AN EPIC MYSTERY: Any new company that comes along touting its revolutionary business model is regarded with a dose of skepticism. But Epic Media, which is staffing up in preparation for a pair of magazine launches later this year, appears to require more than the proverbial grain of salt, thanks to its founder’s questionable background.

Last fall, Epic announced its intention to launch two lifestyle magazines, called Everything for Men and Everything for Women, in the second quarter of 2006. The magazines will cover virtually all areas of modern life, offering “an overwhelming amount of meaningful content and no useless filler,” according to a document filed with the Securities and Exchange Commission in November. They will supposedly be accompanied by a Web portal, called, a membership card good for numerous corporate discounts, and a reality TV series modeled on “The Apprentice.” To realize this vision, Epic founder and chairman Nicholas A. Czuczko recently made several key hires, including Nelson Anderson, formerly of V Life and Detour, as creative director of both titles, and Rob Hill, formerly of Giant and FHM, as editor in chief of Everything for Men. Hill, who was living in New York, moved to Los Angeles, where Epic is based, according to sources.

But an examination of Czuczko’s record casts doubt on his promises. Prior to entering the media business, he was involved with two technology ventures, neither of which appears ever to have gotten off the ground. He first announced plans for the Everything magazines in December 2003, claiming the debut issue would arrive in June 2004 and have a circulation of 1 million. Czuczko said he had $7 million worth of commitments from private investors to fund the launches, which were, however, indefinitely postponed.

By June 2005, when Epic stock became available for public trading, Czuczko had revised the magazines’ circulation guarantee to 500,000. By October, it had fallen again, to 250,000. An Epic spokeswoman said Monday the launches had been pushed back again, to the second half of the year. Meanwhile,, which was supposed to launch in October, is still “under construction,” according to a message on the homepage. A magazine industry veteran who was briefed on Epic’s efforts said, “This is the flimsiest business plan I’ve ever heard.”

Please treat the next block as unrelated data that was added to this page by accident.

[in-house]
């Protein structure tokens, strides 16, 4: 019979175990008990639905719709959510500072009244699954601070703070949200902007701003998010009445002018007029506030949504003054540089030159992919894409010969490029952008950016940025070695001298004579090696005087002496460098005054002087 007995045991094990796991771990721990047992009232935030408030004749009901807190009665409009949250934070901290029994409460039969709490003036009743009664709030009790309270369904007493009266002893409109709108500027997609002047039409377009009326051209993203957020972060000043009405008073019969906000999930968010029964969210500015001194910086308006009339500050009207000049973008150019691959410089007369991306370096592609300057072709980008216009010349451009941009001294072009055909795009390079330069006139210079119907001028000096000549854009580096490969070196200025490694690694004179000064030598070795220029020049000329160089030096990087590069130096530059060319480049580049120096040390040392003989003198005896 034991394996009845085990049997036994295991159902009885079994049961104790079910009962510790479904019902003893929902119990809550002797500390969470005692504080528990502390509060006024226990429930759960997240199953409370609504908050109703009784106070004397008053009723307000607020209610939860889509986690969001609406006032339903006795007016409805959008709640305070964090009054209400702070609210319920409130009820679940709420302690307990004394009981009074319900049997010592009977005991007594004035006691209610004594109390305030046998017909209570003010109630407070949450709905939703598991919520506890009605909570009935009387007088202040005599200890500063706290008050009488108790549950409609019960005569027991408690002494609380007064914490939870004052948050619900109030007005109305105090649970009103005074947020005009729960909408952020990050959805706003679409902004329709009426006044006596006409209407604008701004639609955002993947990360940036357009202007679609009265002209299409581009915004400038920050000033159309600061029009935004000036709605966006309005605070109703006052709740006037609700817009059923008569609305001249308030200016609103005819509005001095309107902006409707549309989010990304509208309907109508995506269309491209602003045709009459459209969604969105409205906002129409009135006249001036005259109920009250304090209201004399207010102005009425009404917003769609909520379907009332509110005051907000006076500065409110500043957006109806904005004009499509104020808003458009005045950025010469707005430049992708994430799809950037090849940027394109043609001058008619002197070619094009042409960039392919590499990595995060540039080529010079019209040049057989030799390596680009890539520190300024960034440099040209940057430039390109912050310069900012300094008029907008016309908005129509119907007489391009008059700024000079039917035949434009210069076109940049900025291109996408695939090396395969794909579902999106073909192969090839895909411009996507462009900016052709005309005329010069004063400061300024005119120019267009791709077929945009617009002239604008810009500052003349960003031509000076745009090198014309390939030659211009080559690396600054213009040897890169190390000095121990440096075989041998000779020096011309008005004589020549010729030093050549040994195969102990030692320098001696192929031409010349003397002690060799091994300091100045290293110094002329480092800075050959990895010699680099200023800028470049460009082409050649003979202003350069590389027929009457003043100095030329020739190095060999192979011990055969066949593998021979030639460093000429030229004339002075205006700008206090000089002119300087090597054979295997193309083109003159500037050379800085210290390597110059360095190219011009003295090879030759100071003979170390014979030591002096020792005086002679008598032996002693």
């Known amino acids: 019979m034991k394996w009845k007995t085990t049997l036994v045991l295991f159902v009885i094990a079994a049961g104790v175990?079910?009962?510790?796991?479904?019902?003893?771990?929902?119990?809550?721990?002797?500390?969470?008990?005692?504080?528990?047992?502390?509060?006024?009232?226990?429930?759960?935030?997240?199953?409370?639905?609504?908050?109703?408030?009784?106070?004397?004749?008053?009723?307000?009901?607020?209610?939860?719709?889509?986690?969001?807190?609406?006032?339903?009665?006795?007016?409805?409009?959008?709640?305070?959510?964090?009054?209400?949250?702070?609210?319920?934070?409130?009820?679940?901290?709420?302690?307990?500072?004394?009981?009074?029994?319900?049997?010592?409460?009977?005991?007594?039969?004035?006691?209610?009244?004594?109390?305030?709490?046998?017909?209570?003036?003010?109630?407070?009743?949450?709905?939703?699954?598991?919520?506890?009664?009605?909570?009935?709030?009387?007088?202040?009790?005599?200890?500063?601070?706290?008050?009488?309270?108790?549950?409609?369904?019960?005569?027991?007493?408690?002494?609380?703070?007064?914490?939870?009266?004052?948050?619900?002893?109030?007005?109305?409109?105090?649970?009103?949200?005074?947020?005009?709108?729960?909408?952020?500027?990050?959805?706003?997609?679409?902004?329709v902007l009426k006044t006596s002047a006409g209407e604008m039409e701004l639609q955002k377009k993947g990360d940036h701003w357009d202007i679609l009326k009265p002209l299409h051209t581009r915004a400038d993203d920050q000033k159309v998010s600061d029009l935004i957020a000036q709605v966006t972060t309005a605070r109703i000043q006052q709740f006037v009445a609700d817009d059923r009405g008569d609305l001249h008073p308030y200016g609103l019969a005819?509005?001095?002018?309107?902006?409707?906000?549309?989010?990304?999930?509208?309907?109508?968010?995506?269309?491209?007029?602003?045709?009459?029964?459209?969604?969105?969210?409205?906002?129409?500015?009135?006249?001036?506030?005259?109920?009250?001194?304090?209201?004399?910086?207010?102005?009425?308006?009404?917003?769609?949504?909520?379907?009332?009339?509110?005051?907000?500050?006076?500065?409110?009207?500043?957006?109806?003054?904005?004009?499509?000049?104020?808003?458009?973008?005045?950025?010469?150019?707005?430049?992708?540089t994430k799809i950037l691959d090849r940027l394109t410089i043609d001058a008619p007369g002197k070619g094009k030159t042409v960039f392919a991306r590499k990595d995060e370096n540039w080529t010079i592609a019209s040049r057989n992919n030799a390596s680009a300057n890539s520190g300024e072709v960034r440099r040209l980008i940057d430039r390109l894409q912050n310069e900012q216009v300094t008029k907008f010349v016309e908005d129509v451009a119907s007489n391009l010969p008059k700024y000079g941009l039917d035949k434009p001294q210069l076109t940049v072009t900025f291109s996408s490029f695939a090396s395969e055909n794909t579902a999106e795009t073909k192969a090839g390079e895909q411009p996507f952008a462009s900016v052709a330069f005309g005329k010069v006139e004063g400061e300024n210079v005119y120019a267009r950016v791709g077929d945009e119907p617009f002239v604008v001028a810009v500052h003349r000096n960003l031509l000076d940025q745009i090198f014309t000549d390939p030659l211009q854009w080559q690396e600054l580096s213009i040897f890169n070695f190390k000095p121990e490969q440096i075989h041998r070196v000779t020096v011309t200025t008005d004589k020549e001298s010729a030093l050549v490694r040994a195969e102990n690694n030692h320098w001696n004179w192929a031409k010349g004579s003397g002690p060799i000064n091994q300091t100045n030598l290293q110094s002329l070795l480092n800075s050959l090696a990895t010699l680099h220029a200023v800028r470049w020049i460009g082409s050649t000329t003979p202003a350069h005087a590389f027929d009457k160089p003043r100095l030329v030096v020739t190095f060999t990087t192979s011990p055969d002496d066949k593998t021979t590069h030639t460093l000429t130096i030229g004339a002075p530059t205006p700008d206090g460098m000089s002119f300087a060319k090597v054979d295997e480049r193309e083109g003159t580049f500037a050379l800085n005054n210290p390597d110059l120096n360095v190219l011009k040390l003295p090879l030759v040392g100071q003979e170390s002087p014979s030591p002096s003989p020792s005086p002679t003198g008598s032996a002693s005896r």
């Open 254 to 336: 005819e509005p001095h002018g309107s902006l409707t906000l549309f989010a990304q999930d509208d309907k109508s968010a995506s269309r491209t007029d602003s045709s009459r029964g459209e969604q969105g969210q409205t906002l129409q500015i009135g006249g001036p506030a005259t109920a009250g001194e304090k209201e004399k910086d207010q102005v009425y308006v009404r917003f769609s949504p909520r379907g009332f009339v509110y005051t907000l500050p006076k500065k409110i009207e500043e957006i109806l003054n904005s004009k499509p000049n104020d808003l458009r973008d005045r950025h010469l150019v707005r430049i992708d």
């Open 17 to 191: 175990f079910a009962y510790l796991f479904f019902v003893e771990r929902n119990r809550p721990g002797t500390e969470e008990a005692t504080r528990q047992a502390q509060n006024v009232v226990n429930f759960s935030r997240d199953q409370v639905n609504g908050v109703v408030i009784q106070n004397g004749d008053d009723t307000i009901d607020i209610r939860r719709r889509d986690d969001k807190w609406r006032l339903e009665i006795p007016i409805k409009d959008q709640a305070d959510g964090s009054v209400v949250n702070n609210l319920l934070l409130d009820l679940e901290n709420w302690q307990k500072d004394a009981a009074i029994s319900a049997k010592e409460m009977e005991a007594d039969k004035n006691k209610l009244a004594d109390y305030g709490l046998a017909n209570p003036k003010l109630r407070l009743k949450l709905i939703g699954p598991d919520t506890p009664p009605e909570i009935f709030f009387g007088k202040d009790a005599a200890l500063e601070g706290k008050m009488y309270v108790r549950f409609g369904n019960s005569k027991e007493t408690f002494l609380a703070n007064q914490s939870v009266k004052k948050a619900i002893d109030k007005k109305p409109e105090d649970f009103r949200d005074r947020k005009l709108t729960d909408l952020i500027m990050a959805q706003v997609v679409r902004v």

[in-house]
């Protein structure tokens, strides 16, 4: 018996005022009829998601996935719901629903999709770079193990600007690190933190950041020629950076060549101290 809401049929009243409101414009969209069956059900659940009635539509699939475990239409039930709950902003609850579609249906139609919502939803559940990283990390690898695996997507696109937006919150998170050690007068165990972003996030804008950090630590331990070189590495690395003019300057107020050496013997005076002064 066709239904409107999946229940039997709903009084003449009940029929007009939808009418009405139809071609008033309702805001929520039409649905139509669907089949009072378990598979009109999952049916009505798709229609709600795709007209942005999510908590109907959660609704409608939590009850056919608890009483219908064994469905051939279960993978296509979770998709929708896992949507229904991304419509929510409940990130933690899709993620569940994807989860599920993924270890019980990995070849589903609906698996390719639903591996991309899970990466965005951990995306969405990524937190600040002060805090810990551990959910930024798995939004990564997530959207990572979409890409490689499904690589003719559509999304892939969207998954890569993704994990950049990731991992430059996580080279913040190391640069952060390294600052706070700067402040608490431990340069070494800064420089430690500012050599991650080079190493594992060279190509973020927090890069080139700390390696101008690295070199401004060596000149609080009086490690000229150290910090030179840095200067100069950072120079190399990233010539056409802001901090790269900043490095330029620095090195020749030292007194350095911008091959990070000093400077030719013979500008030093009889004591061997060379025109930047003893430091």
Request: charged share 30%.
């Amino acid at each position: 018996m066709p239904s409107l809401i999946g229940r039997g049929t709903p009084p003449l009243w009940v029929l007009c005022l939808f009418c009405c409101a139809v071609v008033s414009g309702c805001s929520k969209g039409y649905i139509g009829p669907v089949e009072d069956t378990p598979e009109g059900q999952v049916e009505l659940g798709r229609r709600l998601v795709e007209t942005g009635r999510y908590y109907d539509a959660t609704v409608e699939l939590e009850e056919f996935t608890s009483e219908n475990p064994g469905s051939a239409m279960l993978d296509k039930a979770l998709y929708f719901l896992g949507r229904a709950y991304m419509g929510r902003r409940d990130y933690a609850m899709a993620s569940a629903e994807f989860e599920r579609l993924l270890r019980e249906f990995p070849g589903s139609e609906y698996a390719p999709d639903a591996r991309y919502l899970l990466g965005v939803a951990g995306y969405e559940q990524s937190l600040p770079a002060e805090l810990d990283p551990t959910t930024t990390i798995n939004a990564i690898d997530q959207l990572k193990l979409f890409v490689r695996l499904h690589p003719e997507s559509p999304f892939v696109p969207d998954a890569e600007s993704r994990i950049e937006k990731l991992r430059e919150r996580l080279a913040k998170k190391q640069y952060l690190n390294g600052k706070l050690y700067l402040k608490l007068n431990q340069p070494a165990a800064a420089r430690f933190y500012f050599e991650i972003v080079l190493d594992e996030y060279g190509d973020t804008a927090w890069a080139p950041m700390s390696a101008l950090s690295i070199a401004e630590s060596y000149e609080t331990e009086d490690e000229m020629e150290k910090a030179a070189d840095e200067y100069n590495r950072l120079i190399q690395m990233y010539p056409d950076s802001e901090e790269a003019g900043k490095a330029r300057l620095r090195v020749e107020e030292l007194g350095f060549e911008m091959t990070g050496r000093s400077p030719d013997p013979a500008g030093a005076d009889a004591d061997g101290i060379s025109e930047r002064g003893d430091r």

This story first appeared in the March 7, 2006 issue of WWD. Subscribe Today.

Does Epic have money to spend? According to its SEC filings, the company has essentially no assets and has been operating at a loss. In September, it said a “major investment fund” had signed a letter of intent pledging $6 million, but the money was never received.

Reached by phone Monday, Czuczko offered an explanation: “With regards to that financing company, we decided not to use them because they’re foreign money,” he said. “I’ve already put other investors in place.” Pressed for details, he said it was premature to discuss them, then hung up.

James M. Hollman, who is listed in filings as Epic’s treasurer and chief financial officer, said he had no knowledge of the company’s finances, having resigned in November. He declined further comment. Mark Janusz, a circulation consultant who worked for Czuczko in 2003, also declined to be interviewed, saying, “He’s a bulls–t artist and he doesn’t pay his bills. I have nothing to do with him.”

Whether or not Czuczko pays bills, he is, according to public records, a felon, having been convicted in February 1999 of conspiracy to commit theft. An administrator at the Oregon courthouse where Czuckzko was convicted said there is currently a warrant out for his arrest for violating his probation with a reckless driving charge.

Asked about his legal record, Czuczko said, “Give it a rest.” He then hung up again.
Jeff Bercovici

WIN-TOUR OF DUTY: The defunct Radar magazine doesn’t seem like the most obvious place from which to be plucking Vogue staffers, but that’s precisely where Anna Wintour found her latest senior editor. The editor in chief of Vogue, who was oft-tweaked on the gossipy magazine’s Web site, has hired former Radar deputy editor Chris Knutsen. A Vogue spokesman said, “He will be editing political coverage, current events and keeping an eye open for book excerpts.” Knutsen, who previously worked at GQ, Riverhead Books and The New Yorker, also co-edited the book of essays, “Committed,” excerpted in Vogue last year. He will inherit at least one responsibility from Vogue-arts-editor-turned-Men’s-Vogue-editor in chief Jay Fielden: editing food critic Jeffrey Steingarten. Which, to be sure, is a job unto itself.

Between hiring people and going to the collections in London and Milan, Wintour’s been extra busy lately, but she still made time to give a speech Monday morning at a magazine and book industry retail conference in Orlando, Fla. Expounding on the art of maintaining “superbrands,” she offered the following advice: “Resist any cheapening of the brand, however popular and lucrative it might be in the short term.” Wintour punctuated the point with a jab at Vogue’s rival, Elle. “We were offered ‘Project Runway’ first, and we turned it down,” she said. “Vogue is not in the business of making entertainment out of the struggles of new designers. We’re in the business of nurturing the next generation of American talent.” Be that as it may, one imagines the folks at Elle aren’t feeling too much regret about their brand-cheapening involvement in the hit reality show.
Sara James and J.B.

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